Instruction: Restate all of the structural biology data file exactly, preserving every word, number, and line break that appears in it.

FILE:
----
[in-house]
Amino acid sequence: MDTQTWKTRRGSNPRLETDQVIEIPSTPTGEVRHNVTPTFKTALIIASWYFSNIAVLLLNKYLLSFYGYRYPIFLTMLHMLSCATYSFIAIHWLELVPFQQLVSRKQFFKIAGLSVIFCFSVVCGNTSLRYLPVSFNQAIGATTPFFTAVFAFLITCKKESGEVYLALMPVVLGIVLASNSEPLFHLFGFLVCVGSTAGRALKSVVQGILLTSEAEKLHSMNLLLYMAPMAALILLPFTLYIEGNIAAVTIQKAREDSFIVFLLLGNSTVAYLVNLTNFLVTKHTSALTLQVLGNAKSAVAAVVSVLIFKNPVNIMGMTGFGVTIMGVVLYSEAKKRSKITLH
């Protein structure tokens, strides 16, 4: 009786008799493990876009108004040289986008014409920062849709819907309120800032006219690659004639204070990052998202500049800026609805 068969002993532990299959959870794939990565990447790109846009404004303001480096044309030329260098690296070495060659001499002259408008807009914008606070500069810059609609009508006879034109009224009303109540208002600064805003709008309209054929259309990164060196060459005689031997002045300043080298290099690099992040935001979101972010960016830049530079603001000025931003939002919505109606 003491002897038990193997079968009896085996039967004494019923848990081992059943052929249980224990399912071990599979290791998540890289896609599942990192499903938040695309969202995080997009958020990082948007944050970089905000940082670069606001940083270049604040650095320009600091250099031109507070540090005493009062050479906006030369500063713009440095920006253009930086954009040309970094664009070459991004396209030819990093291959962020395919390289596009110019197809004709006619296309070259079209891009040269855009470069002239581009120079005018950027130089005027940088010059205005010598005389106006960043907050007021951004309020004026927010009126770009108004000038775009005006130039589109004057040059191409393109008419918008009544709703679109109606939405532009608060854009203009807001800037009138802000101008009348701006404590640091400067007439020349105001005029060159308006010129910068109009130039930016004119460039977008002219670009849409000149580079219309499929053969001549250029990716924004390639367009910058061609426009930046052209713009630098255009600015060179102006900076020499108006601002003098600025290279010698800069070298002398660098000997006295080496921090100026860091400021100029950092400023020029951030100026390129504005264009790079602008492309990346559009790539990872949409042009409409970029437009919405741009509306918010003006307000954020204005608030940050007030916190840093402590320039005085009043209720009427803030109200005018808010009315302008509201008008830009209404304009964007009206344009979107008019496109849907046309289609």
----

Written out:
[in-house]
Amino acid sequence: MDTQTWKTRRGSNPRLETDQVIEIPSTPTGEVRHNVTPTFKTALIIASWYFSNIAVLLLNKYLLSFYGYRYPIFLTMLHMLSCATYSFIAIHWLELVPFQQLVSRKQFFKIAGLSVIFCFSVVCGNTSLRYLPVSFNQAIGATTPFFTAVFAFLITCKKESGEVYLALMPVVLGIVLASNSEPLFHLFGFLVCVGSTAGRALKSVVQGILLTSEAEKLHSMNLLLYMAPMAALILLPFTLYIEGNIAAVTIQKAREDSFIVFLLLGNSTVAYLVNLTNFLVTKHTSALTLQVLGNAKSAVAAVVSVLIFKNPVNIMGMTGFGVTIMGVVLYSEAKKRSKITLH
């Protein structure tokens, strides 16, 4: 009786008799493990876009108004040289986008014409920062849709819907309120800032006219690659004639204070990052998202500049800026609805 068969002993532990299959959870794939990565990447790109846009404004303001480096044309030329260098690296070495060659001499002259408008807009914008606070500069810059609609009508006879034109009224009303109540208002600064805003709008309209054929259309990164060196060459005689031997002045300043080298290099690099992040935001979101972010960016830049530079603001000025931003939002919505109606 003491002897038990193997079968009896085996039967004494019923848990081992059943052929249980224990399912071990599979290791998540890289896609599942990192499903938040695309969202995080997009958020990082948007944050970089905000940082670069606001940083270049604040650095320009600091250099031109507070540090005493009062050479906006030369500063713009440095920006253009930086954009040309970094664009070459991004396209030819990093291959962020395919390289596009110019197809004709006619296309070259079209891009040269855009470069002239581009120079005018950027130089005027940088010059205005010598005389106006960043907050007021951004309020004026927010009126770009108004000038775009005006130039589109004057040059191409393109008419918008009544709703679109109606939405532009608060854009203009807001800037009138802000101008009348701006404590640091400067007439020349105001005029060159308006010129910068109009130039930016004119460039977008002219670009849409000149580079219309499929053969001549250029990716924004390639367009910058061609426009930046052209713009630098255009600015060179102006900076020499108006601002003098600025290279010698800069070298002398660098000997006295080496921090100026860091400021100029950092400023020029951030100026390129504005264009790079602008492309990346559009790539990872949409042009409409970029437009919405741009509306918010003006307000954020204005608030940050007030916190840093402590320039005085009043209720009427803030109200005018808010009315302008509201008008830009209404304009964007009206344009979107008019496109849907046309289609």